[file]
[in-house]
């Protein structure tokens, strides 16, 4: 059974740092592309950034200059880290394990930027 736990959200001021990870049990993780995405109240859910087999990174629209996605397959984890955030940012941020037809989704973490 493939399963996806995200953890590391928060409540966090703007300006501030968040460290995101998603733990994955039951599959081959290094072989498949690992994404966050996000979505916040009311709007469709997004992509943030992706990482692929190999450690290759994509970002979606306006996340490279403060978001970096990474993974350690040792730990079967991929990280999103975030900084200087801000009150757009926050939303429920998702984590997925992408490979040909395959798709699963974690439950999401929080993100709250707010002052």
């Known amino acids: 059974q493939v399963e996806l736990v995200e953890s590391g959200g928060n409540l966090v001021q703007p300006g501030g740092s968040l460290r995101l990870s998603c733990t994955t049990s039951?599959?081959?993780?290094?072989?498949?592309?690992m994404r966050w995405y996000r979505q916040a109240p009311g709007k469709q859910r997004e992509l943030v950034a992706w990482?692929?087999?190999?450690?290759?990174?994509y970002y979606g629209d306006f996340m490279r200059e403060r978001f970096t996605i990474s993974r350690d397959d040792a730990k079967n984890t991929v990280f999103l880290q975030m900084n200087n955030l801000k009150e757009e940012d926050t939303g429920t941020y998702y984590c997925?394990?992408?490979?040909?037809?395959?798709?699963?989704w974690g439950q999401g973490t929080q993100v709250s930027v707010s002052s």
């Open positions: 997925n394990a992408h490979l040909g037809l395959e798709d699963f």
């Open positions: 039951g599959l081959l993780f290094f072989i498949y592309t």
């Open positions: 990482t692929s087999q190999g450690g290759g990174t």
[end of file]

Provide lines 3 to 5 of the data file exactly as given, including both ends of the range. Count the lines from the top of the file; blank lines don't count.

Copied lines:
């Known amino acids: 059974q493939v399963e996806l736990v995200e953890s590391g959200g928060n409540l966090v001021q703007p300006g501030g740092s968040l460290r995101l990870s998603c733990t994955t049990s039951?599959?081959?993780?290094?072989?498949?592309?690992m994404r966050w995405y996000r979505q916040a109240p009311g709007k469709q859910r997004e992509l943030v950034a992706w990482?692929?087999?190999?450690?290759?990174?994509y970002y979606g629209d306006f996340m490279r200059e403060r978001f970096t996605i990474s993974r350690d397959d040792a730990k079967n984890t991929v990280f999103l880290q975030m900084n200087n955030l801000k009150e757009e940012d926050t939303g429920t941020y998702y984590c997925?394990?992408?490979?040909?037809?395959?798709?699963?989704w974690g439950q999401g973490t929080q993100v709250s930027v707010s002052s």
């Open positions: 997925n394990a992408h490979l040909g037809l395959e798709d699963f």
């Open positions: 039951g599959l081959l993780f290094f072989i498949y592309t």